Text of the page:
FLANDERS and Picardy in Northern France saw some of the bloodiest fighting of the First World War.

There was complete devastation. Buildings, roads, trees and natural life disintegrated into seas of mud - graves for the dead while still more men fought on.

Only one living thing bloomed - the poppy. Flowering each spring, it brought new life, hope and colour to those still fighting.

On the eleventh hour of the eleventh day of the eleventh month in 1918, the First World War ended. Many thousands had died or been physically and mentally scarred by their experiences.

Miss Moina Michael, an American War Secretary with the YMCA, bought red poppies with money that had been given to her by work colleagues, wore one and sold the rest to her friends in America to raise money for Servicemen in need.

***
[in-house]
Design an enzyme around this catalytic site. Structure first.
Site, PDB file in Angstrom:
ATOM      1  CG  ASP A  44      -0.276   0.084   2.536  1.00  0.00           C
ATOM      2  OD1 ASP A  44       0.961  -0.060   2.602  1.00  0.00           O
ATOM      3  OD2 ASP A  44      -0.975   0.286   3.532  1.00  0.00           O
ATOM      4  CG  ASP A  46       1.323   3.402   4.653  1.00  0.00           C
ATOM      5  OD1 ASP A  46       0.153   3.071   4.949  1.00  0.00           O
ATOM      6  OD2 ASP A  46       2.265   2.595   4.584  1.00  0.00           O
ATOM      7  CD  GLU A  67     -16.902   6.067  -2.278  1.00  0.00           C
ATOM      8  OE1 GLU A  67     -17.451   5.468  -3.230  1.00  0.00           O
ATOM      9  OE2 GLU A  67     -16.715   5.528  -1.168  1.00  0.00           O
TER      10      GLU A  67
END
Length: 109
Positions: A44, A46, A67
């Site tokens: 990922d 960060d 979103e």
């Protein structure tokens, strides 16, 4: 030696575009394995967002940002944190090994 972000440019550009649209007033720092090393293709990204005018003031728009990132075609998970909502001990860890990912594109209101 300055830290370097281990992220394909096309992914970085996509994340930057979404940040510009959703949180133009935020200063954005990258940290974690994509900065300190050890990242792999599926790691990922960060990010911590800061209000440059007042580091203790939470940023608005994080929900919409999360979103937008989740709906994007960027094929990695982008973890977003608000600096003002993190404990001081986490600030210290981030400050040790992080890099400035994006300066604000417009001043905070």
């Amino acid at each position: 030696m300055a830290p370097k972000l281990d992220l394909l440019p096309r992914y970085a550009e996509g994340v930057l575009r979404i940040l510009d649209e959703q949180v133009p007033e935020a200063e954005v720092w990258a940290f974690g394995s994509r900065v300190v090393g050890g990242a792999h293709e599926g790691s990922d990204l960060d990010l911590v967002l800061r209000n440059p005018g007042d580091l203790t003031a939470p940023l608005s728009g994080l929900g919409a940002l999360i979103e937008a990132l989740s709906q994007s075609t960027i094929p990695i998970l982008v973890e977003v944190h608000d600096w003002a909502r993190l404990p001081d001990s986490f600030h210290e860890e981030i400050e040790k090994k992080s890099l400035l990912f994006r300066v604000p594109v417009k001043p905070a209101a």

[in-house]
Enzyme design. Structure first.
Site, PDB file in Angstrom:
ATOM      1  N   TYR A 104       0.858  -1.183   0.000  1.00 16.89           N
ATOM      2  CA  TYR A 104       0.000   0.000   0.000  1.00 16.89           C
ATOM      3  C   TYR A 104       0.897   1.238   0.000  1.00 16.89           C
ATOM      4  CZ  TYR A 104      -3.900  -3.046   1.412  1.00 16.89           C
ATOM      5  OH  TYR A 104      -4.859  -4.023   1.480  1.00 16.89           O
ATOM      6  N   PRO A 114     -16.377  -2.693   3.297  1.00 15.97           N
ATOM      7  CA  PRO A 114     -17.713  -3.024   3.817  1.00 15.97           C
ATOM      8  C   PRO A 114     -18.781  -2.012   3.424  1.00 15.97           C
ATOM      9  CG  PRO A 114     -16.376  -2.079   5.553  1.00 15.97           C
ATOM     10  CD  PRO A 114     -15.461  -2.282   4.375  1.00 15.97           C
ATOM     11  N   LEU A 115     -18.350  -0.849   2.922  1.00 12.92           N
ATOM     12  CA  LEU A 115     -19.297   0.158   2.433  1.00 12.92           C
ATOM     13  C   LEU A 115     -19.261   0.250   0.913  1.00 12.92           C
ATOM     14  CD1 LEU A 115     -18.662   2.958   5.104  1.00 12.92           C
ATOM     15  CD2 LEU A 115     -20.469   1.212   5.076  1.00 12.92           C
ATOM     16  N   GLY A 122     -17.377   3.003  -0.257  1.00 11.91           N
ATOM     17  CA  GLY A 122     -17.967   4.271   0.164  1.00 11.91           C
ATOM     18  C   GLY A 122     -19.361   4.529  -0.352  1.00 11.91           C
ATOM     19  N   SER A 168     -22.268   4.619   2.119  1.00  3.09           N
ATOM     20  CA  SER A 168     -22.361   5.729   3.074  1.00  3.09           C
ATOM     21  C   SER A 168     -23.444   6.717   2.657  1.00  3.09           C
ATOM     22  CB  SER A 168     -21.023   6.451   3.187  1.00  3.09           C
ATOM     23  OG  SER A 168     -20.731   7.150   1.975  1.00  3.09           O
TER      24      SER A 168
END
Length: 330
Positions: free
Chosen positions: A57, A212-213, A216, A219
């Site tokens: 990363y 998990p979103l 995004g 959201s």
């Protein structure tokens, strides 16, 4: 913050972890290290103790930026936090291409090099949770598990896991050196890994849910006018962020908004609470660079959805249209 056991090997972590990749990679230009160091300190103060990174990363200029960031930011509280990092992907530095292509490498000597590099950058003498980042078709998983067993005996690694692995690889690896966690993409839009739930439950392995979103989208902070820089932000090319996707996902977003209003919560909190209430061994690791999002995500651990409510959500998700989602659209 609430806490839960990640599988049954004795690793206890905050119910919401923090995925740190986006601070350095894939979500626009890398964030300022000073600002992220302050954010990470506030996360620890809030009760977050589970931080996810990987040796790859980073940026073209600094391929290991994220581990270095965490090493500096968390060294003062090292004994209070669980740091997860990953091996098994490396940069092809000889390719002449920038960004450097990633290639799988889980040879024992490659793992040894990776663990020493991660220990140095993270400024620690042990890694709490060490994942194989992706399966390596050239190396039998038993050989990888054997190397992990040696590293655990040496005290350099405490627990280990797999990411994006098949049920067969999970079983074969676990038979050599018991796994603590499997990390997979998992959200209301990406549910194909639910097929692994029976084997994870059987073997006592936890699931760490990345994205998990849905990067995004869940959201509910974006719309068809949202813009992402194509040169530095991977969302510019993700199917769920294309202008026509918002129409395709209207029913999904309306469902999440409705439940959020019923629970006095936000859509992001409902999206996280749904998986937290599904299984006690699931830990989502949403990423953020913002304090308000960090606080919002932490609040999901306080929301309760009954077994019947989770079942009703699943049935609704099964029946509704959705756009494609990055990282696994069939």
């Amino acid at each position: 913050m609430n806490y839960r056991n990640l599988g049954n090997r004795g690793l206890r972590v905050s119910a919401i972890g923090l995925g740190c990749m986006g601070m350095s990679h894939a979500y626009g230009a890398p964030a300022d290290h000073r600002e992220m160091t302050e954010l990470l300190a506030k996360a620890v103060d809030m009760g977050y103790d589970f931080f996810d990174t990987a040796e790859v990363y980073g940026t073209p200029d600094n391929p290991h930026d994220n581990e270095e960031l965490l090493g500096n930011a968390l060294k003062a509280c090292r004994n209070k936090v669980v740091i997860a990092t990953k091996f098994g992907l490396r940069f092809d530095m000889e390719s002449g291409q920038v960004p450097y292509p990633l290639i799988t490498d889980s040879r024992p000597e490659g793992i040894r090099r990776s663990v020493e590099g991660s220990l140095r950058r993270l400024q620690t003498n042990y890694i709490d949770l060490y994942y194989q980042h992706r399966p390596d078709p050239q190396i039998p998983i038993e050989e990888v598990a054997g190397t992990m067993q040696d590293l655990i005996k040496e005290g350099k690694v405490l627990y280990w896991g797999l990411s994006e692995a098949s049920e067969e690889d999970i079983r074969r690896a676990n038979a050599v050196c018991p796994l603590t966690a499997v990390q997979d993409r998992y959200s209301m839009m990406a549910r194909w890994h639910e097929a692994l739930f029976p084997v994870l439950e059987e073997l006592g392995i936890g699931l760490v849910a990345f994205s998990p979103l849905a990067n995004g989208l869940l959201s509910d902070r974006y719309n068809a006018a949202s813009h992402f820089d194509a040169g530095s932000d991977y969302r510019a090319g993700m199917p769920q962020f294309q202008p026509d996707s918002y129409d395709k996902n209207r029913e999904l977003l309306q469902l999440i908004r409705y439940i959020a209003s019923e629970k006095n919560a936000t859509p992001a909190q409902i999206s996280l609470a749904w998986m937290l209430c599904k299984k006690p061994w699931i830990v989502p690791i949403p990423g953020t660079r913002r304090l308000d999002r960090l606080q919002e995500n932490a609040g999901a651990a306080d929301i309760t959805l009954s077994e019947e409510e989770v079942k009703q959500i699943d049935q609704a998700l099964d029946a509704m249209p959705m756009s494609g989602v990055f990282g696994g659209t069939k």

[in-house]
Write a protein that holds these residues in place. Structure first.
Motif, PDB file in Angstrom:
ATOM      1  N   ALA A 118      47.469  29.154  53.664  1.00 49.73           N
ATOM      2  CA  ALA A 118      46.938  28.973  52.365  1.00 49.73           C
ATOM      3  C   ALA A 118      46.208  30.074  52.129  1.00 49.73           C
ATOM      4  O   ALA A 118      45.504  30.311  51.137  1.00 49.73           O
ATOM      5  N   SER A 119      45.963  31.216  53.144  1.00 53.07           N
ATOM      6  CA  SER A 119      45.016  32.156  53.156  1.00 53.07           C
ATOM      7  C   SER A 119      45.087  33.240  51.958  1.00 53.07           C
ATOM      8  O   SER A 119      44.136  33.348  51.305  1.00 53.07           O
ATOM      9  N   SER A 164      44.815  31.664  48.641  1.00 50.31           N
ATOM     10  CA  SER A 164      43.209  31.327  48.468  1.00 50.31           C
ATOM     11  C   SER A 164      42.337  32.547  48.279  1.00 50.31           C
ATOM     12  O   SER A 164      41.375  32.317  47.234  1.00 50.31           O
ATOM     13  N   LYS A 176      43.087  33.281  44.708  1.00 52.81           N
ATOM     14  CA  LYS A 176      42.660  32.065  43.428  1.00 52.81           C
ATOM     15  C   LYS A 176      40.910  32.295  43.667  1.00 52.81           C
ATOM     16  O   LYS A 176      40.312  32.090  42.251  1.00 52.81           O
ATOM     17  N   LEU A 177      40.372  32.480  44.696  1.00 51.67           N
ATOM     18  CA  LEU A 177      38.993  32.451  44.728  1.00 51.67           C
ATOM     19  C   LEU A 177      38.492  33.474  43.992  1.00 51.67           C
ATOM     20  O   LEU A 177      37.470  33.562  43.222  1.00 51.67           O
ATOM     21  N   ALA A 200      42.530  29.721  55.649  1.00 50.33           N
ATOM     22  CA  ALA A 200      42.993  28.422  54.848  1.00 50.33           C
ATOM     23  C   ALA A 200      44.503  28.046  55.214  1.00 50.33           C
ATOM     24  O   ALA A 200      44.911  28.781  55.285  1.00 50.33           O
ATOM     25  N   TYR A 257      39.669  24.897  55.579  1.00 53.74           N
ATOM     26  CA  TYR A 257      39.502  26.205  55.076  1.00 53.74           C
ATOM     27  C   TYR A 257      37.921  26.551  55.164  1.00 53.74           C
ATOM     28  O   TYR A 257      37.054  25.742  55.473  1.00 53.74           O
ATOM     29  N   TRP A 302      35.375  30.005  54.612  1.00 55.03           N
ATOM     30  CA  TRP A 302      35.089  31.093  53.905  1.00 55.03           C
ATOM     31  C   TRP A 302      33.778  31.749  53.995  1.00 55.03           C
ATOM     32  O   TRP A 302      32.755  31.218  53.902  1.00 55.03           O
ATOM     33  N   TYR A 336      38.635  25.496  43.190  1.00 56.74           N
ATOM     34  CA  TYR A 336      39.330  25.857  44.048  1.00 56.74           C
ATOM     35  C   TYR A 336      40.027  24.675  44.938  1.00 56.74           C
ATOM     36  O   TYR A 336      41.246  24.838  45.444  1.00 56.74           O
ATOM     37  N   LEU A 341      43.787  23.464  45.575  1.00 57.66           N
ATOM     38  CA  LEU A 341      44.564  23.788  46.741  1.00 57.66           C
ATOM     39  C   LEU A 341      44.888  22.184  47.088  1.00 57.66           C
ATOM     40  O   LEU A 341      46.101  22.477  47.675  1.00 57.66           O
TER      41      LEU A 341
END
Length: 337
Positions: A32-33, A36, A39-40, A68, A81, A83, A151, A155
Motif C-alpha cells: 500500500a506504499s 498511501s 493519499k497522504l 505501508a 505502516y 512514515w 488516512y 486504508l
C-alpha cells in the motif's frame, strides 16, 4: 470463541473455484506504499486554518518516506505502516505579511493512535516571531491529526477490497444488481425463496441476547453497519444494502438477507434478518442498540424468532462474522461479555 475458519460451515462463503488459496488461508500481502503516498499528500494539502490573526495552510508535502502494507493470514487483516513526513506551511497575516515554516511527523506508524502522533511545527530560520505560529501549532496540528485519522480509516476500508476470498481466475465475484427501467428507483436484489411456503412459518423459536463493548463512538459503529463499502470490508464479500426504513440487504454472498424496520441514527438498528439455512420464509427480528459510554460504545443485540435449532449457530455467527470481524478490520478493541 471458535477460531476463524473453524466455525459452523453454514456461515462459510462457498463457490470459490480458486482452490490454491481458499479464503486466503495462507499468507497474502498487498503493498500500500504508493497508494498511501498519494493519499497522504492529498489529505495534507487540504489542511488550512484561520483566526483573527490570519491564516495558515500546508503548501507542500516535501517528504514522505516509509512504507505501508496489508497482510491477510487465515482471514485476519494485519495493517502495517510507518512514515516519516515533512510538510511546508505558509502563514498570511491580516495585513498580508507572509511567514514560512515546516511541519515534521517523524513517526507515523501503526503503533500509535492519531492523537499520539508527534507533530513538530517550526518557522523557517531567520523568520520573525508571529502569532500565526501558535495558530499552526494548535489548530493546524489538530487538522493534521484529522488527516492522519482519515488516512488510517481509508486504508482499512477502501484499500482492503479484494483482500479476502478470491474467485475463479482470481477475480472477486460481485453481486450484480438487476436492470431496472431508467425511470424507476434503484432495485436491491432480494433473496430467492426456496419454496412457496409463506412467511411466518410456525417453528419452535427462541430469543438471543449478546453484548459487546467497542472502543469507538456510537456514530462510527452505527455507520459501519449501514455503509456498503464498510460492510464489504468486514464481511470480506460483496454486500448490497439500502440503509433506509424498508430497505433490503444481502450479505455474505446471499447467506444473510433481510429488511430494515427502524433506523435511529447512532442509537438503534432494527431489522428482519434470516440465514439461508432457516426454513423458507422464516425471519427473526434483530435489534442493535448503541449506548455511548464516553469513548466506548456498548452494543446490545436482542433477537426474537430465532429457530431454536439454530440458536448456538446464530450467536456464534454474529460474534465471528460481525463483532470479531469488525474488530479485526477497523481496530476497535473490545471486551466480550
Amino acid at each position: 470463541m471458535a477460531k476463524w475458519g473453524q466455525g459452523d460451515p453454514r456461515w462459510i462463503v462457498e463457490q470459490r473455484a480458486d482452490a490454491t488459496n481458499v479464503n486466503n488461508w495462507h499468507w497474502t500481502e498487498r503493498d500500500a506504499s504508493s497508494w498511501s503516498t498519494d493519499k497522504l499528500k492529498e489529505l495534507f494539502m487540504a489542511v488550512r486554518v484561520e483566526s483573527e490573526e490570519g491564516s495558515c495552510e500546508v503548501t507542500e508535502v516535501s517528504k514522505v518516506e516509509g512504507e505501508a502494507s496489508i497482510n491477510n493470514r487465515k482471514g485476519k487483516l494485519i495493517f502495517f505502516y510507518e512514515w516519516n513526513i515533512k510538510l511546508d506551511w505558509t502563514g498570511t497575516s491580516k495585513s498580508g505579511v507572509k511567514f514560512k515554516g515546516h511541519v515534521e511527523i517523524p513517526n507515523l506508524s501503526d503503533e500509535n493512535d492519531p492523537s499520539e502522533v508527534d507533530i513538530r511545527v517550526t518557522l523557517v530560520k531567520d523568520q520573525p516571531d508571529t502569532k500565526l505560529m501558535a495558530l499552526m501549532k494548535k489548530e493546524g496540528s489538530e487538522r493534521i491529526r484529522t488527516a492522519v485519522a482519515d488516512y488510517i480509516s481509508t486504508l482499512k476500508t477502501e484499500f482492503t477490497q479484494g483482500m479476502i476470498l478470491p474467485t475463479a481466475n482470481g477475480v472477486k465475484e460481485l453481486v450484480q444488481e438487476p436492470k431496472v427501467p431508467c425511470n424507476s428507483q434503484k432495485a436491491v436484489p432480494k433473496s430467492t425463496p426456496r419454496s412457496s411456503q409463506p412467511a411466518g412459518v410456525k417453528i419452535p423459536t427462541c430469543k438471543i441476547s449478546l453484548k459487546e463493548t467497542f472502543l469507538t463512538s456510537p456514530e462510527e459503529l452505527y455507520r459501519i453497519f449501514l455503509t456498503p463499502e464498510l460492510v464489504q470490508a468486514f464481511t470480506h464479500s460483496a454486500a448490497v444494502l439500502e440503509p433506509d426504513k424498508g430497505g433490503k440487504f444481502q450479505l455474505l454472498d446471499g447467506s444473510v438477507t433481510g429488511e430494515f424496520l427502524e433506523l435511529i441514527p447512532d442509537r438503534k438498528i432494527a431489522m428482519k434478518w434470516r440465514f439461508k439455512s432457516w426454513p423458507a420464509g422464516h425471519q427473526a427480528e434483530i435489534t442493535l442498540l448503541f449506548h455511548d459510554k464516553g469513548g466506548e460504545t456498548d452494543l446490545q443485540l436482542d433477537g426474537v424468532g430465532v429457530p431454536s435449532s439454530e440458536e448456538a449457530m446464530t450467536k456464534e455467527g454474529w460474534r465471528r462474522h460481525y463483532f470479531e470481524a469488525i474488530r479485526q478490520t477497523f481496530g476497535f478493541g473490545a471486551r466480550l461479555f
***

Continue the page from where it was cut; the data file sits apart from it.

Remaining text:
Her French colleague, Madame Guerin, proposed selling artificial poppies in Britain to help ex-servicemen and their dependants.

The first Poppy Day was held in Britain on November 11, 1921, and was a national success.

Major George Howson, a young infantry officer who had been decorated for bravery, formed the Disabled Society to help disabled ex-servicemen and women to find work.

In 1922, members of the Disabled Society began making artificial poppies for the Legion. This lead to the creation of The Royal British Legion Poppy Factory.

The Poppy Factory makes poppies, wreaths and other items which support Remembrance and the Poppy Appeal.

In 1999, the Poppy Appeal raised more than £18.7 million, the largest total ever.

In 2000, the Legion is aiming to raise £20 million through donations for poppies, legacies, sponsorship, covenants, sales and fundraising events.